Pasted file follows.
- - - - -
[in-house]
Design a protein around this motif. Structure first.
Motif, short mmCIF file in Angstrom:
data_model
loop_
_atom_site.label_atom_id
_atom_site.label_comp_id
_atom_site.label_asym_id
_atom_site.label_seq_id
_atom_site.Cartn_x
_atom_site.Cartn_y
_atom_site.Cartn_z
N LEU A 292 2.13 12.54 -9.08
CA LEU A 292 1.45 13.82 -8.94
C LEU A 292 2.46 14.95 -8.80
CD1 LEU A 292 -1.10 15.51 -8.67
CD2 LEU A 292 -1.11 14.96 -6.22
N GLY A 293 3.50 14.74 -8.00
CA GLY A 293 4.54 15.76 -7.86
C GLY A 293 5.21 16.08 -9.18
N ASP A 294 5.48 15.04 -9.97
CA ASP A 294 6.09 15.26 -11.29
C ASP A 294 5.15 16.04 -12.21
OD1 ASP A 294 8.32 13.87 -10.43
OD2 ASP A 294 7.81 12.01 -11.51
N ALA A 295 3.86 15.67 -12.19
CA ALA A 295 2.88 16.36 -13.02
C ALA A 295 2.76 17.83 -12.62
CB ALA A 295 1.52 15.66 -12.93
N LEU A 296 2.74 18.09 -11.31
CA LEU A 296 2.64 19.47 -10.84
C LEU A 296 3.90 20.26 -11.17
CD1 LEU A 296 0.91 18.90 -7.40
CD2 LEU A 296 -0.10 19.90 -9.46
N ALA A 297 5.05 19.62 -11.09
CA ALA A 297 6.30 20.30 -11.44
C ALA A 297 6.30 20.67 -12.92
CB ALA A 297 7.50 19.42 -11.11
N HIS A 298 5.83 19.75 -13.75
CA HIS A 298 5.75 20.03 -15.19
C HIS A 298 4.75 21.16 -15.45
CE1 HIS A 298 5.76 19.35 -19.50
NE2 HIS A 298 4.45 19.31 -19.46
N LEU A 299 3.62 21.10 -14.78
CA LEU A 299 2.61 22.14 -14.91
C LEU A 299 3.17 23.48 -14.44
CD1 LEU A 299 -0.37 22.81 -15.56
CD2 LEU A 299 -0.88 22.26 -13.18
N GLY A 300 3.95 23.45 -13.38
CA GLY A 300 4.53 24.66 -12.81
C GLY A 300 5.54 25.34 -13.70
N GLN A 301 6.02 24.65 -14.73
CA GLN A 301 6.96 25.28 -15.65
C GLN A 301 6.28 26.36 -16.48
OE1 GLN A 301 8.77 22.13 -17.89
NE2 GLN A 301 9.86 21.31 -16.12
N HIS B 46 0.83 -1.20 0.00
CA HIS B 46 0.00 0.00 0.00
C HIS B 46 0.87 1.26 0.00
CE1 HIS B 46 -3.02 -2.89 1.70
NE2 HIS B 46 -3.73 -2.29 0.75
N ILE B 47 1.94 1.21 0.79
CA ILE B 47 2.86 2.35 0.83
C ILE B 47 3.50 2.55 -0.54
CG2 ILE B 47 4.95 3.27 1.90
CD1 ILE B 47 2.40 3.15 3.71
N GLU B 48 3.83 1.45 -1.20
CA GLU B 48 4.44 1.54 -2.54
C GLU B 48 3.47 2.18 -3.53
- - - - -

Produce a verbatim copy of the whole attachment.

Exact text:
[in-house]
Design a protein around this motif. Structure first.
Motif, short mmCIF file in Angstrom:
data_model
loop_
_atom_site.label_atom_id
_atom_site.label_comp_id
_atom_site.label_asym_id
_atom_site.label_seq_id
_atom_site.Cartn_x
_atom_site.Cartn_y
_atom_site.Cartn_z
N LEU A 292 2.13 12.54 -9.08
CA LEU A 292 1.45 13.82 -8.94
C LEU A 292 2.46 14.95 -8.80
CD1 LEU A 292 -1.10 15.51 -8.67
CD2 LEU A 292 -1.11 14.96 -6.22
N GLY A 293 3.50 14.74 -8.00
CA GLY A 293 4.54 15.76 -7.86
C GLY A 293 5.21 16.08 -9.18
N ASP A 294 5.48 15.04 -9.97
CA ASP A 294 6.09 15.26 -11.29
C ASP A 294 5.15 16.04 -12.21
OD1 ASP A 294 8.32 13.87 -10.43
OD2 ASP A 294 7.81 12.01 -11.51
N ALA A 295 3.86 15.67 -12.19
CA ALA A 295 2.88 16.36 -13.02
C ALA A 295 2.76 17.83 -12.62
CB ALA A 295 1.52 15.66 -12.93
N LEU A 296 2.74 18.09 -11.31
CA LEU A 296 2.64 19.47 -10.84
C LEU A 296 3.90 20.26 -11.17
CD1 LEU A 296 0.91 18.90 -7.40
CD2 LEU A 296 -0.10 19.90 -9.46
N ALA A 297 5.05 19.62 -11.09
CA ALA A 297 6.30 20.30 -11.44
C ALA A 297 6.30 20.67 -12.92
CB ALA A 297 7.50 19.42 -11.11
N HIS A 298 5.83 19.75 -13.75
CA HIS A 298 5.75 20.03 -15.19
C HIS A 298 4.75 21.16 -15.45
CE1 HIS A 298 5.76 19.35 -19.50
NE2 HIS A 298 4.45 19.31 -19.46
N LEU A 299 3.62 21.10 -14.78
CA LEU A 299 2.61 22.14 -14.91
C LEU A 299 3.17 23.48 -14.44
CD1 LEU A 299 -0.37 22.81 -15.56
CD2 LEU A 299 -0.88 22.26 -13.18
N GLY A 300 3.95 23.45 -13.38
CA GLY A 300 4.53 24.66 -12.81
C GLY A 300 5.54 25.34 -13.70
N GLN A 301 6.02 24.65 -14.73
CA GLN A 301 6.96 25.28 -15.65
C GLN A 301 6.28 26.36 -16.48
OE1 GLN A 301 8.77 22.13 -17.89
NE2 GLN A 301 9.86 21.31 -16.12
N HIS B 46 0.83 -1.20 0.00
CA HIS B 46 0.00 0.00 0.00
C HIS B 46 0.87 1.26 0.00
CE1 HIS B 46 -3.02 -2.89 1.70
NE2 HIS B 46 -3.73 -2.29 0.75
N ILE B 47 1.94 1.21 0.79
CA ILE B 47 2.86 2.35 0.83
C ILE B 47 3.50 2.55 -0.54
CG2 ILE B 47 4.95 3.27 1.90
CD1 ILE B 47 2.40 3.15 3.71
N GLU B 48 3.83 1.45 -1.20
CA GLU B 48 4.44 1.54 -2.54
C GLU B 48 3.47 2.18 -3.53